The U.S., with three territories on the list, and Britain, with 10, don't attend the annual meeting, saying the process is outdated. (It is argued that the U.S. cannot justify its contemporary colonial holdings to the world community and therefore does not participate in the U.N. review process - OTR)
The two most contentious possessions are British: Gibraltar, claimed by Spain; and the Falkland Islands, which Argentina invaded in 1982, only to be driven out by a British force that sailed 8,000 miles to recover the territory. London maintains that if the 3,000 Falklanders and 30,000 Gibraltarians want to remain part of Britain, their wishes must be respected.
Argentine President Cristina Fernandez, whose country calls the islands Las Malvinas, has denounced Britain as a "crude colonial power." But Roger Edwards, a Falklands legislator, asked the decolonization committee at this year's review to remove the islands from its list and ignore Argentina's demands.
"We do not feel that we are a downtrodden colony of an old Imperial Britain," he said. (Colonialism does not have to be 'downtrodden' to be unjustified - OTR).
Gibraltarians, perched on their rock at the tip of the Iberian Peninsula, rejected Spanish sovereignty in two referendums - one when Spain was a dictatorship, the other after it became a democracy.
Britain also claims Bermuda and the Caribbean islands of Anguilla, the British Virgin Islands, the Cayman Islands, Montserrat and Turks and Caicos.
And then there are the lonely islands of St. Helena, pop. 7,600, halfway between Brazil and Africa, where the Emperor Napoleon died six years after his defeat in the Battle of Waterloo, and the Pitcairn Islands in the South Pacific, populated by about four dozen people mostly descended from mutineers on the Bounty and their Tahitian companions.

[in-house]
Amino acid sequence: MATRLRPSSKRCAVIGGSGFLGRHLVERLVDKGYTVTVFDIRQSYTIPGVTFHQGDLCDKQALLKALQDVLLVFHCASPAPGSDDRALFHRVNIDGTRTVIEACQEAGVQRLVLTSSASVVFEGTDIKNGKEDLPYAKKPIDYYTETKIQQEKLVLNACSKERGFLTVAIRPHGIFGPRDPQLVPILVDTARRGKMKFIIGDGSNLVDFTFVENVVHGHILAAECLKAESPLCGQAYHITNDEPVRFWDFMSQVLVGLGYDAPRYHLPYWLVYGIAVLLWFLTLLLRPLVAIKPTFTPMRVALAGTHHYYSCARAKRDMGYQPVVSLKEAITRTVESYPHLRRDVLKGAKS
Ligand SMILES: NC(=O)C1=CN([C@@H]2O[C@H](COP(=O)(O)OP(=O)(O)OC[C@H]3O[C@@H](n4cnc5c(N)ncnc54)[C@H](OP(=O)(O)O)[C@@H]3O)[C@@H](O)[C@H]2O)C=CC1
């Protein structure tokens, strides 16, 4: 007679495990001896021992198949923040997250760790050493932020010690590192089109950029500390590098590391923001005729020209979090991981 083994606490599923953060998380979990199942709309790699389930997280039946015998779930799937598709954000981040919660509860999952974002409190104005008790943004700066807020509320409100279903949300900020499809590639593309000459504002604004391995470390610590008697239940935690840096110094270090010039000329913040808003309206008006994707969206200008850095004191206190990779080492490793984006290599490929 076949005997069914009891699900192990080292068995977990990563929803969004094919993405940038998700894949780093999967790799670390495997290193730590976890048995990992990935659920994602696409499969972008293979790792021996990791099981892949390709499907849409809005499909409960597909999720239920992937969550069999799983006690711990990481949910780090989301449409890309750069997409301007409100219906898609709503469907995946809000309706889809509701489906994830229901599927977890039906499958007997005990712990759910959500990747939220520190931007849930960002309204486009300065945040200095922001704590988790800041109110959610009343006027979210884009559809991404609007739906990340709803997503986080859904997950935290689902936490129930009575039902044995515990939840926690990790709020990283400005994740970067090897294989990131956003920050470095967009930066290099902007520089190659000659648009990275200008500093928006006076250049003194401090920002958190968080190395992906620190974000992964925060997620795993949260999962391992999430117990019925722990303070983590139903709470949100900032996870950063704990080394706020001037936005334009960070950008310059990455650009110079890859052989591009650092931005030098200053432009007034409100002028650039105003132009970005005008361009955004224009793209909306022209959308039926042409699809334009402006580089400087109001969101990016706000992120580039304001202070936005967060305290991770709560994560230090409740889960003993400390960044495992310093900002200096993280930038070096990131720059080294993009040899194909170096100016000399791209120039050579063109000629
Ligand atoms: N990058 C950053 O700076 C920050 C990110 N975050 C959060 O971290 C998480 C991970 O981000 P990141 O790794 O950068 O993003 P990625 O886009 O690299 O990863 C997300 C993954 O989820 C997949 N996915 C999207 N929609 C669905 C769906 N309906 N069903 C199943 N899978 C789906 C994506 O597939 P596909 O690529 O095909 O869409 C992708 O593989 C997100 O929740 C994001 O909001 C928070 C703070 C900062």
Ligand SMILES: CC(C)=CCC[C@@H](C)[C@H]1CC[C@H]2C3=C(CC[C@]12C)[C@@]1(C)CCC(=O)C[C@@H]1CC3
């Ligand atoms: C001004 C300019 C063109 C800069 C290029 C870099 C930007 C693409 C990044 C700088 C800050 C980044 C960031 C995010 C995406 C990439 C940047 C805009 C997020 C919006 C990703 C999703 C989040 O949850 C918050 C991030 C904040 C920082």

The U.S. territories still listed are the U.S. Virgin Islands in the Caribbean and Guam and American Samoa in the Pacific (as well as 'un-listed' Northern Mariana Islands and Puerto Rico - OTR).
The annual meeting ends with a resolution bundling together most of the territories on its list with a simple acknowledgment that their case has been heard. (Rather than 'a resolution,' the meeting adopts a series of resolutions which call for specific actions to be taken by the administering powers and the U.N. system to foster self-determination and decolonisation. The resolutions are then sent to the General Assembly for adoption - OTR).
That does not satisfy St. Aimee, the ambassador whose island of St. Lucia is a former British possession that used to be on the list. He says too many disparate territories are being lumped together and not getting the attention they deserve.
On the Falklands dispute, the committee goes slightly further, urging Britain and Argentina to negotiate a solution.
And then there's a hardy perennial - Puerto Rico, which has not been on the list since it became a U.S. commonwealth in 1953, and has voted three times to keep that status. There are calls, backed by President Barack Obama, for another vote on the matter by next year.
Annually for the past 12 years Cuba has introduced a resolution asking the U.S. for a process "that would allow Puerto Ricans to fully exercise their inalienable right to self-determination and independence." And this year, as happens every year, the resolution was adopted, with Cuba's ambassador, Pedro Nunez-Mosquera, vowing his country would uphold Puerto Rico's rights, "remaining at its side until the final victory." (The Special Committee on Decolonisation resolution also calls for the question of Puerto Rico to be taken up by the U.N. General Assembly - OTR).